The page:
OP.. You can ask though of course. Make an appointment to see the HT and talk it through first, before you put it in writing.

clam Sun 13-Jan-13 18:15:26

lunchbox I don't suppose you putting on your form how eudcational you thought your trip was, and asking for work to take (which hacks lots of teachers off if they're being expected to provide and mark it), made any difference to the absence being authorised. The HT is perfectly able to decide if they think a trip is educational or not - might be different in your case but you'd be surprised how many parents try to dress up a week's all-inclusive in Spain as being educational.

Ilovesunflowers Sun 13-Jan-13 18:45:28

clam - I used to be a teacher and no teacher I know would be annoyed at providing work (as long as there was a bit of notice by the parents).

clam Sun 13-Jan-13 18:56:30

My school (and others I know) have a policy of refusing to set work for holidays taken in term time. Pupils who are ill, of course, if it's appropriate, but not holidays.

DoodleNoo Wed 16-Jan-13 11:54:57

They might authorise up to two weeks depending on school / LA policy, maybe more if you are very lucky and take time to explain the special nature of the trip. You might then have to accept that extra time might go down as unauthorised, but really, big deal?!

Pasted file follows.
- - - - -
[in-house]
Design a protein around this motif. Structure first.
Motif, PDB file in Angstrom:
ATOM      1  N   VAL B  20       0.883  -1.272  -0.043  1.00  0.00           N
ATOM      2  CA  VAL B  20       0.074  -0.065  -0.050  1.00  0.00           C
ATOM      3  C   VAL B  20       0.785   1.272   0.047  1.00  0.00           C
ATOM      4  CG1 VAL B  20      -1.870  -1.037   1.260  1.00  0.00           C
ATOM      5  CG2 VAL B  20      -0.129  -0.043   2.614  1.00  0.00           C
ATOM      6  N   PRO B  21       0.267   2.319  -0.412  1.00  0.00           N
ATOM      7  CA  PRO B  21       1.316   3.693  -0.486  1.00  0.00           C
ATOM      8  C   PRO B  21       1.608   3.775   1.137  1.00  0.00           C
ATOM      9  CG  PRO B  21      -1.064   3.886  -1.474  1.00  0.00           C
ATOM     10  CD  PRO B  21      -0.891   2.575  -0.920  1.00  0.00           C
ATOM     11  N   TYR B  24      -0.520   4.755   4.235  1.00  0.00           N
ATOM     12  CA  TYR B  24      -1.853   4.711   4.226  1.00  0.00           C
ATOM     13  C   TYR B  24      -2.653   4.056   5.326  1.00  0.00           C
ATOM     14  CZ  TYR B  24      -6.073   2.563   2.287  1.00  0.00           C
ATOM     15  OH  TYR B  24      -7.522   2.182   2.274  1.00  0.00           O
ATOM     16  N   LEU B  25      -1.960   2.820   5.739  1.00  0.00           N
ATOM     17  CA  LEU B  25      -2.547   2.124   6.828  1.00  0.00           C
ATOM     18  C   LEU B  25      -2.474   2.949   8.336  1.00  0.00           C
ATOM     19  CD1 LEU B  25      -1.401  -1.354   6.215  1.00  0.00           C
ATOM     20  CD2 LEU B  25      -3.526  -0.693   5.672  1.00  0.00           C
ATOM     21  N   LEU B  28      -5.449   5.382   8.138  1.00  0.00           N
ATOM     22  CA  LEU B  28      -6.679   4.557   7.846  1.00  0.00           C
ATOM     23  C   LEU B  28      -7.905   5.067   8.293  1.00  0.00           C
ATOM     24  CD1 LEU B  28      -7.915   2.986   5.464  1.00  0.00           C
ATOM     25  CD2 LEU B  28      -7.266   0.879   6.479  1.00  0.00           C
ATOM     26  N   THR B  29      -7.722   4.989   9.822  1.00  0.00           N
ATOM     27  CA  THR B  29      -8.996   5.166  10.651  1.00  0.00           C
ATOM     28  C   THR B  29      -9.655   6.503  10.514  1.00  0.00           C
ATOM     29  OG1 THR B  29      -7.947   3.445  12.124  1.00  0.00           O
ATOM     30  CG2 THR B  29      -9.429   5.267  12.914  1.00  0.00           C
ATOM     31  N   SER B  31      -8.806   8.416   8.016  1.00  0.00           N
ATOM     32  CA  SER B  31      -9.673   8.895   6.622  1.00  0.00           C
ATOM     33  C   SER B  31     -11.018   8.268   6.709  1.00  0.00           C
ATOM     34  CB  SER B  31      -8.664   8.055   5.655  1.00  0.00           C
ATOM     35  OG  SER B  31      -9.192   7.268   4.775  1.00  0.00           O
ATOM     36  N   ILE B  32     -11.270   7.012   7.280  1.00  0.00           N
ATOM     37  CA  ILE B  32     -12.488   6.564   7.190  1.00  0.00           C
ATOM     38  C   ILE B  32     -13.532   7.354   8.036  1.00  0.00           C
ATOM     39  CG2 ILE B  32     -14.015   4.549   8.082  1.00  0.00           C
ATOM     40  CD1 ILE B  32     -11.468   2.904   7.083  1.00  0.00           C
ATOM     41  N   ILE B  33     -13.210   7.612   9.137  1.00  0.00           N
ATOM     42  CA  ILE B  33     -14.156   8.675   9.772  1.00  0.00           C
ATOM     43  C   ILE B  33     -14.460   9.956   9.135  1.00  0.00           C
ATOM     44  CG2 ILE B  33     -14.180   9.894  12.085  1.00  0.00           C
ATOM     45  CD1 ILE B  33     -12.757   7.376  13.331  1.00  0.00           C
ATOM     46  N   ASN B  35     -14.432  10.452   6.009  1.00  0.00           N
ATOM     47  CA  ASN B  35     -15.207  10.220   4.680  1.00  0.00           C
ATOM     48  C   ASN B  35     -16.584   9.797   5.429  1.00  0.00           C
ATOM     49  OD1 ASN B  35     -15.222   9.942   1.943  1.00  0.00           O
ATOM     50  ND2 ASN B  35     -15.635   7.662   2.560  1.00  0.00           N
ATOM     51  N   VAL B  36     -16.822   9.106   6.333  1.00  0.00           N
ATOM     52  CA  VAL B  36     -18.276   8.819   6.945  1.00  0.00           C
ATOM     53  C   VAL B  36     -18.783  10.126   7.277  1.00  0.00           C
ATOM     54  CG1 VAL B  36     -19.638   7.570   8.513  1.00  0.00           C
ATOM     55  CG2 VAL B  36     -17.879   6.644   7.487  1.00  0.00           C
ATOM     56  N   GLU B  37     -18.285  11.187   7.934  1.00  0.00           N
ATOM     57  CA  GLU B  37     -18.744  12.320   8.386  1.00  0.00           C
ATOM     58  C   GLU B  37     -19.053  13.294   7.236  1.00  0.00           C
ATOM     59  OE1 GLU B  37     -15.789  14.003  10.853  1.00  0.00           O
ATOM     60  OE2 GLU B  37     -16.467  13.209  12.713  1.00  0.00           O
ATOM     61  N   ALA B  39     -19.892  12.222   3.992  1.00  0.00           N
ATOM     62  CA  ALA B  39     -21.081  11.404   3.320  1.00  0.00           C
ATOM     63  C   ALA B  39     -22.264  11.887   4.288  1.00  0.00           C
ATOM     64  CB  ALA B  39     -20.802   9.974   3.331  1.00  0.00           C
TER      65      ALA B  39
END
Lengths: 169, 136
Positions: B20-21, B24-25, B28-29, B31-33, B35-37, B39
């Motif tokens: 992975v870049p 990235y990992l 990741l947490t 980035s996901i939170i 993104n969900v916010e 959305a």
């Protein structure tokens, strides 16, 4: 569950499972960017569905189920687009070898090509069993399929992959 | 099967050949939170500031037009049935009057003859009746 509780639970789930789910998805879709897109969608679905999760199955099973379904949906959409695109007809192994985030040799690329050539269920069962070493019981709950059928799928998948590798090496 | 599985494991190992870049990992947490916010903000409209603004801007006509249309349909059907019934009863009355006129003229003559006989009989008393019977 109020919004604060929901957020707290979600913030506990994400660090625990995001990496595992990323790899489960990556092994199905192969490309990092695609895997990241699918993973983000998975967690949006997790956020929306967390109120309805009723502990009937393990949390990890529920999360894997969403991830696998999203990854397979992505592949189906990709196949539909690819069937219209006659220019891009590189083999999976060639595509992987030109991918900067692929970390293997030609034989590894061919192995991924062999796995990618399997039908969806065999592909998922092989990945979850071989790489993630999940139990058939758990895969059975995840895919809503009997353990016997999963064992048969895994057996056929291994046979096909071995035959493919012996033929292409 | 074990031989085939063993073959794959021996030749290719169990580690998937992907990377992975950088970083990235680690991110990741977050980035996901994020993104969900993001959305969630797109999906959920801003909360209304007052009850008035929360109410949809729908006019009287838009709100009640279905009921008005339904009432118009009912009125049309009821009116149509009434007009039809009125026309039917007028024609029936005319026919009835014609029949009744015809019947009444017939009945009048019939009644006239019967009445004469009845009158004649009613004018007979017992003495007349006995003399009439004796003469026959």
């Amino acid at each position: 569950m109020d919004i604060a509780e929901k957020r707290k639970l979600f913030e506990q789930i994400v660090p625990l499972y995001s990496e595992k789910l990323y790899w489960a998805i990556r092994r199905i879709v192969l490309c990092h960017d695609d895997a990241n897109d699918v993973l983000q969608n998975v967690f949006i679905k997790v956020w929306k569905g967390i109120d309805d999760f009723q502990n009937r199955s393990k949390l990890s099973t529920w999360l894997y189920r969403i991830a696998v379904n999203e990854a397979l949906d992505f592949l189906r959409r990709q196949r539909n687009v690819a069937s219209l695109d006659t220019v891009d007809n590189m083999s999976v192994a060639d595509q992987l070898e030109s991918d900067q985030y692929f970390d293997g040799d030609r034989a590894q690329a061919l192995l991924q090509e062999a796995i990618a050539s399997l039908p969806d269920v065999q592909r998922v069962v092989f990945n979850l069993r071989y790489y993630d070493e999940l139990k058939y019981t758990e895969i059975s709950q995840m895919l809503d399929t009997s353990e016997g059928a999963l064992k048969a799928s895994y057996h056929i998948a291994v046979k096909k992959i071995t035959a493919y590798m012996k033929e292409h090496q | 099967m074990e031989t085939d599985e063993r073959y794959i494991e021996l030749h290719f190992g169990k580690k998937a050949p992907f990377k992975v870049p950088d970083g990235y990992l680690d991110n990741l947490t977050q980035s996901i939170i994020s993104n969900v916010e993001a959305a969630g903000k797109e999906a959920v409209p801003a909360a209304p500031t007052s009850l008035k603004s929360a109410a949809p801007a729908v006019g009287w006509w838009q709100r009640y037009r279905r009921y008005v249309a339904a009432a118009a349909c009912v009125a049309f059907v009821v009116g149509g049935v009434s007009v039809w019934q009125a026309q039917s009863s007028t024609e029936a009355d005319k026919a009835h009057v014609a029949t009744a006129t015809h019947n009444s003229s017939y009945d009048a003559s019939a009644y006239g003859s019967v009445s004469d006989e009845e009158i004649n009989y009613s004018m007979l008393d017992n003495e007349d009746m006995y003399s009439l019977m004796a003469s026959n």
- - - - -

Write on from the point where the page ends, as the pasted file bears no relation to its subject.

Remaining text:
Most LA will have an Educational Welfare Officer - I guess you might get a letter, but they are there to deal with persistent truanting, not a one-family occasion like this. I don't see that they would have a leg to stand on if they decided to get heavy, unless your kids have very bad attendance record and attitude to school anyway. The very fact that you're worrying about it and posting about it on mumsnet suggests that's probably not the case.

And if they fine you, again, why worry. It'd only be £50 or £100, and that's not lot to pay for a holiday like this!

I'd talk to the head and find out his / her opinion of what might be deemed reasonable. I have taken mine out for a week on this sort of occasion, not been granted any leave because our school don't ever grant any, but the head was fairly sympathetic and although said she couldn't authorise it due to school policy, she would turn a blind eye and that if we wanted to go, we should, and not worry about it.

They are your kids after all, and not the council's!

ItsIcyOutsideIThinkINeedThorin Wed 16-Jan-13 17:38:36

It is £50 per child, per parent, per day - but it is not true that fines are very common. They may be common in one particular area but a realtive of mine is an EWO and they hardly ever fine parents... only the repeat offenders.

ToeCap Thu 17-Jan-13 09:39:41

I have never heard of this 'per day' business? Are you sure? Mine was flat rate fine. £50 per child per parent. So max £200 doubling if not paid within 28 days.
Has anyone had this 'per day' fine?

ItsIcyOutsideIThinkINeedThorin Thu 17-Jan-13 09:47:28

Hmm, well now you mention it I'm not sure! smile The fine is for a session of absence and I was sure that I read that some LEAs see 1 week as 5 sessions. But I can't find anything to back that up so maybe I misread or misunderstood blush

scaevola Thu 17-Jan-13 09:50:42

"I think we would give you another week at least."

That would be illegal. The provision for up to 10 days authorised leave is part of the Education Act, and it is explicitly at HT's (not governors') discretion.